As noted in this article from CBS News, a recent study determined that divorce puts the average individual at about a 5 percent greater risk of running out of assets, and that those who have never been divorced have 30 percent higher wealth than those who have been divorced.
The study notes, however, one exception: single women have as much retirement readiness whether never married or divorced, and the reason has to do with real estate.
An individual can accumulate retirement equity in three principal ways – traditional savings, pension or retirement accounts or similar investments, and real estate. The traditional savings provide consistent but minimal growth because of low interest rates (a trend that may be ending now). Retirement accounts can provide an excellent rate of return, but do fluctuate and carry greater risk (think 2007). But real estate generally accumulates equity at a high rate because of the combination of paying off the mortgage over time and the fact that property values tend to increase at well above the rate of inflation.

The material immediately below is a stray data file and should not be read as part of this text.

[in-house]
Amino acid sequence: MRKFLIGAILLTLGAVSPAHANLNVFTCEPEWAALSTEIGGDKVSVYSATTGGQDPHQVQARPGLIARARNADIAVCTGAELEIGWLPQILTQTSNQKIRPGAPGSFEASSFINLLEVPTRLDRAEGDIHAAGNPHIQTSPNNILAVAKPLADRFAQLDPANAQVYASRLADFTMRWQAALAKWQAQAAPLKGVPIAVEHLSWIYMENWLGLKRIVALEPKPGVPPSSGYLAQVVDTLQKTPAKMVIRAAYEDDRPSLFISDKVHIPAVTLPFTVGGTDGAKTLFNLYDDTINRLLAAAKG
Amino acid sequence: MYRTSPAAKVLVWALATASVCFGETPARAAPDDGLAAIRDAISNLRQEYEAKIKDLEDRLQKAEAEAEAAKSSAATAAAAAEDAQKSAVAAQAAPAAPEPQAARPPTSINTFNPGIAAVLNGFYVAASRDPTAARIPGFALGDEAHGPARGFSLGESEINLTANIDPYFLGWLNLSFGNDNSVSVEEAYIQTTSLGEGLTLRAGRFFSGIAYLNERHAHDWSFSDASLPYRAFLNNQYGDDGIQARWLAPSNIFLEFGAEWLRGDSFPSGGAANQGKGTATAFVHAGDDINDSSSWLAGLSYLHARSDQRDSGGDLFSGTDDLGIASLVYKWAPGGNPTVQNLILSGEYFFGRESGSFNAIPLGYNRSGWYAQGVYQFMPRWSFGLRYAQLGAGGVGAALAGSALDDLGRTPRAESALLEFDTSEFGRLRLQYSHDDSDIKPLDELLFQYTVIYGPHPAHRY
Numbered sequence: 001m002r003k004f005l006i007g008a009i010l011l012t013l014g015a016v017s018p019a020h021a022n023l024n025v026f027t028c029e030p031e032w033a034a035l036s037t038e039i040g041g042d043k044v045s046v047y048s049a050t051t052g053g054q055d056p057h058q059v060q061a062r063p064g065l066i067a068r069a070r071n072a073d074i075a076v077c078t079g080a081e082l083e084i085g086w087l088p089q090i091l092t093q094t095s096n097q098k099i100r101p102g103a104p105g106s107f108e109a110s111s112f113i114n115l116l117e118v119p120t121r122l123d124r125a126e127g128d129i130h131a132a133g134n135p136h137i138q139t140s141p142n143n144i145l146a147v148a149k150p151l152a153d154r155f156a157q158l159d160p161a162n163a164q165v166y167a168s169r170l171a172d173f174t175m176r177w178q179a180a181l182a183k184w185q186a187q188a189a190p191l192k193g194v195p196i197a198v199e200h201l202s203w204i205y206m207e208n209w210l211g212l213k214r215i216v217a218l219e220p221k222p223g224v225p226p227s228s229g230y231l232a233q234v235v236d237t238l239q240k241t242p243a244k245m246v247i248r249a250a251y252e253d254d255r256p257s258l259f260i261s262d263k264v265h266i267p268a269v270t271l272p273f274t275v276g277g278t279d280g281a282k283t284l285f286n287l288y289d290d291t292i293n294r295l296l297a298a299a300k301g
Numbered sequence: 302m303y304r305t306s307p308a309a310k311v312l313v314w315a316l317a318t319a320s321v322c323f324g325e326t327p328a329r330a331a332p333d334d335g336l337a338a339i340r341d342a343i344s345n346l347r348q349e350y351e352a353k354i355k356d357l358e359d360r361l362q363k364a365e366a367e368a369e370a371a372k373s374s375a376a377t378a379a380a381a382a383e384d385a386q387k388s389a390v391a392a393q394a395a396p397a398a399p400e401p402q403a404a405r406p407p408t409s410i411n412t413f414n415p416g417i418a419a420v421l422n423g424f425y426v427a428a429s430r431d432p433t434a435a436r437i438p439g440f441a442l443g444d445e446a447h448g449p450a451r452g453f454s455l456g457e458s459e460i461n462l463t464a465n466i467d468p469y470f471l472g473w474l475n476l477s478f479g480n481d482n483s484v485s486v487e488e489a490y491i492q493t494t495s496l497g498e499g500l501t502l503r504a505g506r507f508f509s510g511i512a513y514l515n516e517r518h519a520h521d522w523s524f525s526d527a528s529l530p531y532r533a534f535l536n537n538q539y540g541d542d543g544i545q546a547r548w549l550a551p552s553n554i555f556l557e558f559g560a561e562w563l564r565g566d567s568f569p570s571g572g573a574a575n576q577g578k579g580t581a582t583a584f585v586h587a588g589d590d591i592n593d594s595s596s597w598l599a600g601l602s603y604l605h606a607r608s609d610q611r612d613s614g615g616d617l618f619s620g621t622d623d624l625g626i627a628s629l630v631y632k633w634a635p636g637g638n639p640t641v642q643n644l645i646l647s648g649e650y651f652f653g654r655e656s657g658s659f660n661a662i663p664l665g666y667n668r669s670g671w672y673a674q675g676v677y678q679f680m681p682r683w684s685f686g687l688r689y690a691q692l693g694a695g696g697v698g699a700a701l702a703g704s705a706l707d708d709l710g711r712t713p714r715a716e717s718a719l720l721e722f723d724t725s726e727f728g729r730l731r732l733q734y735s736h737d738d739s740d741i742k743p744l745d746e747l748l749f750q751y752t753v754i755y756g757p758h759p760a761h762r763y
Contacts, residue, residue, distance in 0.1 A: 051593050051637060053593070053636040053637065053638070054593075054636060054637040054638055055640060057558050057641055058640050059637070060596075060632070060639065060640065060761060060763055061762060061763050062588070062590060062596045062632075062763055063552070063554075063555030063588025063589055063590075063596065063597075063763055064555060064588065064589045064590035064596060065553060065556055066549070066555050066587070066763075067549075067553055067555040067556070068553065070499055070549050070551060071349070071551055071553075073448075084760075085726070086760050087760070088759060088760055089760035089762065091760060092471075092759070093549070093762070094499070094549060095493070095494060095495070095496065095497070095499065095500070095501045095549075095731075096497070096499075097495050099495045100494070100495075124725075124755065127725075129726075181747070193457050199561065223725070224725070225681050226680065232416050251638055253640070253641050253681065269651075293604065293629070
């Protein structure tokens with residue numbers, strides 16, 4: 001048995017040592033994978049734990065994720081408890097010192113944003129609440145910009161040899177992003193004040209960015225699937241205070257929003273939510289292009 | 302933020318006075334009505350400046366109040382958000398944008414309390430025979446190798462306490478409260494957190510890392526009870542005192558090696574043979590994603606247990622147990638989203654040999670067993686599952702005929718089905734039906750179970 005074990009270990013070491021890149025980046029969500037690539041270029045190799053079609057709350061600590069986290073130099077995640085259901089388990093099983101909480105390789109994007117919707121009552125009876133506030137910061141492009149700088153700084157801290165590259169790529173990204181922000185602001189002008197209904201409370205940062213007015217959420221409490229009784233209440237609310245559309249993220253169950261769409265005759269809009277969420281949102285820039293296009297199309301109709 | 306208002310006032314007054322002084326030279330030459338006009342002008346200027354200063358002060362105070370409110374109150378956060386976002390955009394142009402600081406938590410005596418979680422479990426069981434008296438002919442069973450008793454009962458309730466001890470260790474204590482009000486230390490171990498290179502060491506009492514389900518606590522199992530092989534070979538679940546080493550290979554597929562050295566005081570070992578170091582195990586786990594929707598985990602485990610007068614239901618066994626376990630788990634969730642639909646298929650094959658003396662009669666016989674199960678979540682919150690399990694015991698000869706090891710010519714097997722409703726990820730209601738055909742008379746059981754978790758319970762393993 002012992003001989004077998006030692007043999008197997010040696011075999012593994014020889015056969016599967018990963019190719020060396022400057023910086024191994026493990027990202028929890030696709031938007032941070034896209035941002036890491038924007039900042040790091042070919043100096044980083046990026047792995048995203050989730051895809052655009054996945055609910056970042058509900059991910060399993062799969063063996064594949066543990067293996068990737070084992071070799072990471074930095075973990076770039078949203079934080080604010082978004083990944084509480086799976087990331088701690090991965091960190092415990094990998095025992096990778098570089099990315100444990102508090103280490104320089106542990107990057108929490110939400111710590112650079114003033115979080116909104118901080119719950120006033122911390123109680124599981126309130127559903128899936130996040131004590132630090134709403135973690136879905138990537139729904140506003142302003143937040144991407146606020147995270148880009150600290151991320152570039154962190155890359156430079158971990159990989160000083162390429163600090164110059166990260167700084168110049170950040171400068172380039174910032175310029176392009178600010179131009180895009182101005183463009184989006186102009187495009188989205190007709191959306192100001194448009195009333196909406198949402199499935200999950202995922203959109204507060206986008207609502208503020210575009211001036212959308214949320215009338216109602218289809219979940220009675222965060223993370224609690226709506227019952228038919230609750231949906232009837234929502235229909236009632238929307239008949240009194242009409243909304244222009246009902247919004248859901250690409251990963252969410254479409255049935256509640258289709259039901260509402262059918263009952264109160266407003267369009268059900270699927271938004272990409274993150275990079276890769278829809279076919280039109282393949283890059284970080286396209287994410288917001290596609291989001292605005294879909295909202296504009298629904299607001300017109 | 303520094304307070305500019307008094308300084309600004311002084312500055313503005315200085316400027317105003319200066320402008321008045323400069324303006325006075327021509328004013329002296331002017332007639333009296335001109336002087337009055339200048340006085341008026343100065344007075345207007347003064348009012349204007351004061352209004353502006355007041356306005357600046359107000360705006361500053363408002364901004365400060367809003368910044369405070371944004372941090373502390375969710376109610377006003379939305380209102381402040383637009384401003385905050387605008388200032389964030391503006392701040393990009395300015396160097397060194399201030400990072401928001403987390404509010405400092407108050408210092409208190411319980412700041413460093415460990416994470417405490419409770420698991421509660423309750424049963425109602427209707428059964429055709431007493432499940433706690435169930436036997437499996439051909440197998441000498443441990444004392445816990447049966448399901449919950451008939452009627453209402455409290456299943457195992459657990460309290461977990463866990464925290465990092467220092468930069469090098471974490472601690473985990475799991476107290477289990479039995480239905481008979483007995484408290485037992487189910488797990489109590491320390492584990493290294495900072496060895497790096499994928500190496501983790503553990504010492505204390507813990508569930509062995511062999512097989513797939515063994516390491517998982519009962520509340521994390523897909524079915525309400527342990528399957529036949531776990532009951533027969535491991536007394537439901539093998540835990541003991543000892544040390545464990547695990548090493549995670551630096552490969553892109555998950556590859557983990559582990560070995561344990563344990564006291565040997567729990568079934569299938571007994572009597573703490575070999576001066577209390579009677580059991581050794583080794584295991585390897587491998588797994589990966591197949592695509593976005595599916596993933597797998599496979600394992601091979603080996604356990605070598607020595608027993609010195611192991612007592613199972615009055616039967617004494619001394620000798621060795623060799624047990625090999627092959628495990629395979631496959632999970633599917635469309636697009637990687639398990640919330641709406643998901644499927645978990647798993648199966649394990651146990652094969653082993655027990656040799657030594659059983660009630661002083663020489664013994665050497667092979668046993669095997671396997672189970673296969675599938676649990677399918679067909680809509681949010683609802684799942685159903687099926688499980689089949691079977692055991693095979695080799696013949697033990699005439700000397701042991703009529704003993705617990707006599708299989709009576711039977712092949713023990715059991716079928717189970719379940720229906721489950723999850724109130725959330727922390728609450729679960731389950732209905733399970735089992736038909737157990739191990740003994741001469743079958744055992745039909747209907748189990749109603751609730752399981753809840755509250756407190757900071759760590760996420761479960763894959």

The study concludes that for some women, keeping the house after a divorce enables them to build wealth at a greater rate than if they had to build retirement back up with a smaller share than at the time of the marriage. Of course, this strategy falls apart if the individual woman cannot really afford the house and must deplete other assets, like savings or retirement, in order to keep the house.
But if the house is affordable, apparently maintaining it induces single women to become better budgeters, reducing “frills” and planning more carefully. In this way, come retirement, the single woman now has a home nearly paid off and filled with equity – what the article calls the retirement asset you can live in. And it is true – the single woman can continue to reside in a home with minimal maintenance costs and leverage the equity when necessary to pay for other needs.
In the end, whether a woman should keep the house as part of a divorce settlement is a very individualized decision that turns on that person’s earning capacity, age, health and future goals – something that person should discuss with her attorney and financial advisor.
If you have questions about real estate and divorce, contact us – we can help.